Dogs in training at Penn to detect ovarian cancer
The University of Pennsylvania is training dogs for what could be some truly life-saving work.
The Working Dog Center at Penn's Veterinary School is joining with Penn's Department of Oncology and the Monell Chemical Senses Center to train dogs to sniff out ovarian cancer.
It's not all that different from using dogs to find bombs or drugs, says veterinarian Cynthia Otto.
"Cancers metabolize things differently, they grow differently," she said. "We know from growing cells in a petri dish they release products that are different than normal cells."
Otto jokes the dogs won't be donning white coats or putting on scrubs to do their job; in fact, they won't have direct contact with the patients.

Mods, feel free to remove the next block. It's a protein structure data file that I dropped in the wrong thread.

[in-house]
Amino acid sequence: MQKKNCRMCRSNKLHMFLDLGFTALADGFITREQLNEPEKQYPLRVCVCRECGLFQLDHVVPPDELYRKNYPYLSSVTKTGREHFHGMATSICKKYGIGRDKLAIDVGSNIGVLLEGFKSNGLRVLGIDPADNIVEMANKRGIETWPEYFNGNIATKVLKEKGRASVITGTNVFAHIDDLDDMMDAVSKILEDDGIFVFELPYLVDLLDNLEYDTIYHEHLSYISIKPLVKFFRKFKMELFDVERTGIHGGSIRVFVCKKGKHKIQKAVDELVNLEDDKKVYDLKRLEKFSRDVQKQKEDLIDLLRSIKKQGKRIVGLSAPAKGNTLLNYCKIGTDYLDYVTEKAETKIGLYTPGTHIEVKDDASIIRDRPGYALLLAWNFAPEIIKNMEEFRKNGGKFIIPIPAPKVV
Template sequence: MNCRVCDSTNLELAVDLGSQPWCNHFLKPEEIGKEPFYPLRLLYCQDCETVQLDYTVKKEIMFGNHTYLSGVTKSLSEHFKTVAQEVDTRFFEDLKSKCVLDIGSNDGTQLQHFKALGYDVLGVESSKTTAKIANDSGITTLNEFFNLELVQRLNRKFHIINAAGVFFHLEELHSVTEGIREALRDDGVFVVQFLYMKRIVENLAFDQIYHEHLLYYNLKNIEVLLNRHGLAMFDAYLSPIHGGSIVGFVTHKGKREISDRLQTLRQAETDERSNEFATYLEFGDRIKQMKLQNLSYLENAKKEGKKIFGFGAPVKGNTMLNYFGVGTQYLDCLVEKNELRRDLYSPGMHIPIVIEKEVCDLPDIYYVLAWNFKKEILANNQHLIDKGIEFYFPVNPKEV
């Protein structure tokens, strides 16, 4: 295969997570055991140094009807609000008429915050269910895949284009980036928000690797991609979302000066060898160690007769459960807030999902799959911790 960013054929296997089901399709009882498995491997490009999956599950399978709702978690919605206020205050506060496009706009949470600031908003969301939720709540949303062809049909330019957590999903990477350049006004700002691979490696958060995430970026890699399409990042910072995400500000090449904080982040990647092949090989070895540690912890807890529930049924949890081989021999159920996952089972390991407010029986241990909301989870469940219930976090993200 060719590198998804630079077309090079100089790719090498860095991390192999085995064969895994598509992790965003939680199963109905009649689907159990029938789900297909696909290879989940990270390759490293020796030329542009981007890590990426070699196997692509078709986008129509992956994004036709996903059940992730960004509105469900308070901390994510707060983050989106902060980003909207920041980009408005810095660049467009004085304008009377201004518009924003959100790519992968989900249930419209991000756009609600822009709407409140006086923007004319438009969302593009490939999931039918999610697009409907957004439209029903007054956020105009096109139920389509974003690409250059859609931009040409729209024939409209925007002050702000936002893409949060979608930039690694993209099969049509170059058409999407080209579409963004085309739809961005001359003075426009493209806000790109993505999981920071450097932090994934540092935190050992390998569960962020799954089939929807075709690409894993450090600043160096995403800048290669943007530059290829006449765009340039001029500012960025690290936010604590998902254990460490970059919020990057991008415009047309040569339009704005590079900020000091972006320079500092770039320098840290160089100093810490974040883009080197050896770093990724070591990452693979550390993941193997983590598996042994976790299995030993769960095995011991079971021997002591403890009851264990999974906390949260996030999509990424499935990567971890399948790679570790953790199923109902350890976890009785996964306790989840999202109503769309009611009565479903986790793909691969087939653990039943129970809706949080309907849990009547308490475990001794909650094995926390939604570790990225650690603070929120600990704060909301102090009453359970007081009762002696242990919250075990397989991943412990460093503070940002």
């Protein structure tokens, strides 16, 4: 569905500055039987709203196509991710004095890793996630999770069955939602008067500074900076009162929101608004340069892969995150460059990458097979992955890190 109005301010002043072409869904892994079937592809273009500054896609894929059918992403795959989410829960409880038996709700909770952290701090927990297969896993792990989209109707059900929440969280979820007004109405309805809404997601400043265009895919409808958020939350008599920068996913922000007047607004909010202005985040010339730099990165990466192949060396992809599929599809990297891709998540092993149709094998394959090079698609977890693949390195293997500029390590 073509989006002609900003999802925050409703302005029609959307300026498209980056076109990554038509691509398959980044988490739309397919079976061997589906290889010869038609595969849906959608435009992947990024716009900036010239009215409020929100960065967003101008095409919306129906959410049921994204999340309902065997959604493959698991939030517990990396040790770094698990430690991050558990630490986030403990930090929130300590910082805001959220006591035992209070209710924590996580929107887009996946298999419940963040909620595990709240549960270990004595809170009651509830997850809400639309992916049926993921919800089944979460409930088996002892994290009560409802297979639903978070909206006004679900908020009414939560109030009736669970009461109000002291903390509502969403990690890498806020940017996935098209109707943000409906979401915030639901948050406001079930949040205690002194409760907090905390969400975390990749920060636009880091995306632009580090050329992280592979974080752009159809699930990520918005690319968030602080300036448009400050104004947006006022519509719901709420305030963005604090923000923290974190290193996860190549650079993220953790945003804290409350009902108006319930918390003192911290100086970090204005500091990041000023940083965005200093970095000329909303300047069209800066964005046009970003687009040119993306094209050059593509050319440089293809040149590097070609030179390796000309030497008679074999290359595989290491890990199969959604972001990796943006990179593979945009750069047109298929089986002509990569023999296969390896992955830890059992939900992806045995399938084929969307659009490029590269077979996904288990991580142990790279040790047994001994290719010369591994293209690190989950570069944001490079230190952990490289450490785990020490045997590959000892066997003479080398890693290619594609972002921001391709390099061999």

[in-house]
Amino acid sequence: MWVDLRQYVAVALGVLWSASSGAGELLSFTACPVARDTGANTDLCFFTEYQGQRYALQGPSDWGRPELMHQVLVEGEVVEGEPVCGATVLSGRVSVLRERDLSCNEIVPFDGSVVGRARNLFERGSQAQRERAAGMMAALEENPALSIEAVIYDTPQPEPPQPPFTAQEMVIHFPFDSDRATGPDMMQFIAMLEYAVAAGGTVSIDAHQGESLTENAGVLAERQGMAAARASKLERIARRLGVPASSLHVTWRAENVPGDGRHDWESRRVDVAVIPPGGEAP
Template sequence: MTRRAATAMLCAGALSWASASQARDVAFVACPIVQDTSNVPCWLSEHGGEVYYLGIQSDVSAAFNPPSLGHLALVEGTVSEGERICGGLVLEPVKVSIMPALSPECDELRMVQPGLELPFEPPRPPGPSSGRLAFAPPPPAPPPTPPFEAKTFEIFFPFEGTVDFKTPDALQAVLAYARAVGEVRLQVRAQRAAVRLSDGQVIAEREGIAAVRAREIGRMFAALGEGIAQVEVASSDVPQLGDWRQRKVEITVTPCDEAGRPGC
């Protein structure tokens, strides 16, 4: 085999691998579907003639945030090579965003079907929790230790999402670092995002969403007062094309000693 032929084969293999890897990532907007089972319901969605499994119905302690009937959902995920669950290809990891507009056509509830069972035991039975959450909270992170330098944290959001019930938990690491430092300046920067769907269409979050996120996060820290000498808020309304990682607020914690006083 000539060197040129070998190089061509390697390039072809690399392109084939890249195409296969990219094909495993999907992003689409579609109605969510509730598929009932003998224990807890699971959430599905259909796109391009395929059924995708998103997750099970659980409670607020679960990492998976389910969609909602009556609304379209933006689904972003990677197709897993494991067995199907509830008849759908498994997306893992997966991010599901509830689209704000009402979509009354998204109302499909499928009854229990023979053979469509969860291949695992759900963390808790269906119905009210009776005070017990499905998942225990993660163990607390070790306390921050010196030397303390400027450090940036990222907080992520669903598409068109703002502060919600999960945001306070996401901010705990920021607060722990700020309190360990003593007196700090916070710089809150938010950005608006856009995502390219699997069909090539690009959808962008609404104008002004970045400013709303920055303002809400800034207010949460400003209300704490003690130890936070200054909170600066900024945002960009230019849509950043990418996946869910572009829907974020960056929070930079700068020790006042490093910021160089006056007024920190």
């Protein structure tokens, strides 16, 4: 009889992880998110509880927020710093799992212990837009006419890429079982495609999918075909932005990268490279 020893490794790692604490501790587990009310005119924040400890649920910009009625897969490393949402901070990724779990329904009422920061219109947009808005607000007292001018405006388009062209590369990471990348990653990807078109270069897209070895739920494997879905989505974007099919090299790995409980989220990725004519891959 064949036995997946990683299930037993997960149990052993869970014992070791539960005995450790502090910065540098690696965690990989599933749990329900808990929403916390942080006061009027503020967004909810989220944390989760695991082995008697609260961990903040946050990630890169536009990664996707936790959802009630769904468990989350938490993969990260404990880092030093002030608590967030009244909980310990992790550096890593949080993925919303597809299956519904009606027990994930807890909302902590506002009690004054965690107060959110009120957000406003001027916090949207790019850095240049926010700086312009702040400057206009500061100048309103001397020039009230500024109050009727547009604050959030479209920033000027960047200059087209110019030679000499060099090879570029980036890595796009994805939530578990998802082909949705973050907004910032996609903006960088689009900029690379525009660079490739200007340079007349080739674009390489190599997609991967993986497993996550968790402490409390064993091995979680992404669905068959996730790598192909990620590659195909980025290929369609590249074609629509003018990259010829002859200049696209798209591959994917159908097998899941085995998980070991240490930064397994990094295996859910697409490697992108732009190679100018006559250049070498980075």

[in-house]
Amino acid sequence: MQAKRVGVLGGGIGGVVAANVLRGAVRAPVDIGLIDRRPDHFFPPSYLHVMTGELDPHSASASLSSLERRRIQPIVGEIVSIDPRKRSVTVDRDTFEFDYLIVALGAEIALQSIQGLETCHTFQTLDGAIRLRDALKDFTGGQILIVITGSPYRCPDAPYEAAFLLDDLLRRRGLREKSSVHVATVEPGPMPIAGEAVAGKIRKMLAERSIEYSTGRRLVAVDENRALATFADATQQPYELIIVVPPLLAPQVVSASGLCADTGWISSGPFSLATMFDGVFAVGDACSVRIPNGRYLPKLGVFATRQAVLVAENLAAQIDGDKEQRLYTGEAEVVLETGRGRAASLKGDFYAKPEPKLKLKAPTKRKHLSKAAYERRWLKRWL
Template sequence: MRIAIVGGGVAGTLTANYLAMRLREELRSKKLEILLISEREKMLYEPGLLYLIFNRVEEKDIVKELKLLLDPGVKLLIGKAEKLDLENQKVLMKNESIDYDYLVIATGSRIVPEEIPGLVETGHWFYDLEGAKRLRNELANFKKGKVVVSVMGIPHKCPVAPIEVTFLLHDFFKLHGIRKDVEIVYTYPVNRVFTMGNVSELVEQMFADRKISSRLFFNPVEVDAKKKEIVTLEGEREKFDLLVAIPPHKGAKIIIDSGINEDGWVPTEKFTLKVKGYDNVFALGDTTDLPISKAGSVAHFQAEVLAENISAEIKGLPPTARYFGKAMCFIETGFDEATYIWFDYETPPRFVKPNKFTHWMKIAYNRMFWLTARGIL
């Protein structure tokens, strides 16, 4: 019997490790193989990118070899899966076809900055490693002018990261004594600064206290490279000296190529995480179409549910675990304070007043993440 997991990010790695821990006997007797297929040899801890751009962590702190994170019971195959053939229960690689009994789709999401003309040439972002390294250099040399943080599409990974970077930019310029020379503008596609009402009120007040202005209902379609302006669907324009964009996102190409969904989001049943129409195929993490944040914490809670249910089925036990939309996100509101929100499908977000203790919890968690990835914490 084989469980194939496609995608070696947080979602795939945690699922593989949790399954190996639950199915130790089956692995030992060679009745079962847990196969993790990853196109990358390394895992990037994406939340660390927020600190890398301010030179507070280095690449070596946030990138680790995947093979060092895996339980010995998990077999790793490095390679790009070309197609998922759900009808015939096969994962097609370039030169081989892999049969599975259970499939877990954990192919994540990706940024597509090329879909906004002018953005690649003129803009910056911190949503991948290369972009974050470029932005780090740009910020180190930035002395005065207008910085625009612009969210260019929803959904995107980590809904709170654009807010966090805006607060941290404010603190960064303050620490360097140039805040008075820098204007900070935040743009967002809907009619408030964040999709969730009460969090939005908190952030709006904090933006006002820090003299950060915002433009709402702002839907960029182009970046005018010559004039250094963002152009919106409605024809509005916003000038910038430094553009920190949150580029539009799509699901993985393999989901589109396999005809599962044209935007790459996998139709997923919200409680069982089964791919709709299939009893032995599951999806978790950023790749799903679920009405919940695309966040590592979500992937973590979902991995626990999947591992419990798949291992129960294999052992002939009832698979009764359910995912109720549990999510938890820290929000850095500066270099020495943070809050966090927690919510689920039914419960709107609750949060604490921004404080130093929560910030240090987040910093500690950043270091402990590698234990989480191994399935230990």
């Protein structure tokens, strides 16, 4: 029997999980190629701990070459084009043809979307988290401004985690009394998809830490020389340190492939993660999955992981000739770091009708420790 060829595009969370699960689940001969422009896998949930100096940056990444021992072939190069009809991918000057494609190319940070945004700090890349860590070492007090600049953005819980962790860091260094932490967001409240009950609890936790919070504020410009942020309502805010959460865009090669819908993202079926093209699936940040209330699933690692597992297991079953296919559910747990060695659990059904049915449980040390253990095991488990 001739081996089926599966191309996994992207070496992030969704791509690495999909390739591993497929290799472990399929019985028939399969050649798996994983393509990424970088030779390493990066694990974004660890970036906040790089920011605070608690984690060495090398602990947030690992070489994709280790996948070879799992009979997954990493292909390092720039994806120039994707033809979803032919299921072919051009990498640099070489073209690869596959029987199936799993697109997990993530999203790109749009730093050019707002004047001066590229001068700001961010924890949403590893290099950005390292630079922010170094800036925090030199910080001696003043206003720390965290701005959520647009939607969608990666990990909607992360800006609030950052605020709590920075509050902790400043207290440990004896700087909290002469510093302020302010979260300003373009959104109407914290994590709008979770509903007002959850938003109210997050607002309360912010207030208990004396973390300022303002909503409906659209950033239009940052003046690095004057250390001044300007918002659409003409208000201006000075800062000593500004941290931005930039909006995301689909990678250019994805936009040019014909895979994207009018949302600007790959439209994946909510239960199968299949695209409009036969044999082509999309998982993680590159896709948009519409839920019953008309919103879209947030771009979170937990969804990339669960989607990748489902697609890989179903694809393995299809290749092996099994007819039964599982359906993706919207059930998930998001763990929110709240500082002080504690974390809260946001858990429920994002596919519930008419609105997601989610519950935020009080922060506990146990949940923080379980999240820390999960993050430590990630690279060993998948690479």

"They are screening samples from people, so they will be working in a laboratory setting," she said. "I think when people think of cancer-detection dogs, they think the dog would come up and sniff me ... and I personally wouldn't like that."
Two chocolate labs and a springer spaniel will help calibrate electronic sniffers as part of the study. They need to do this with machines because they can't train enough dogs to do all the work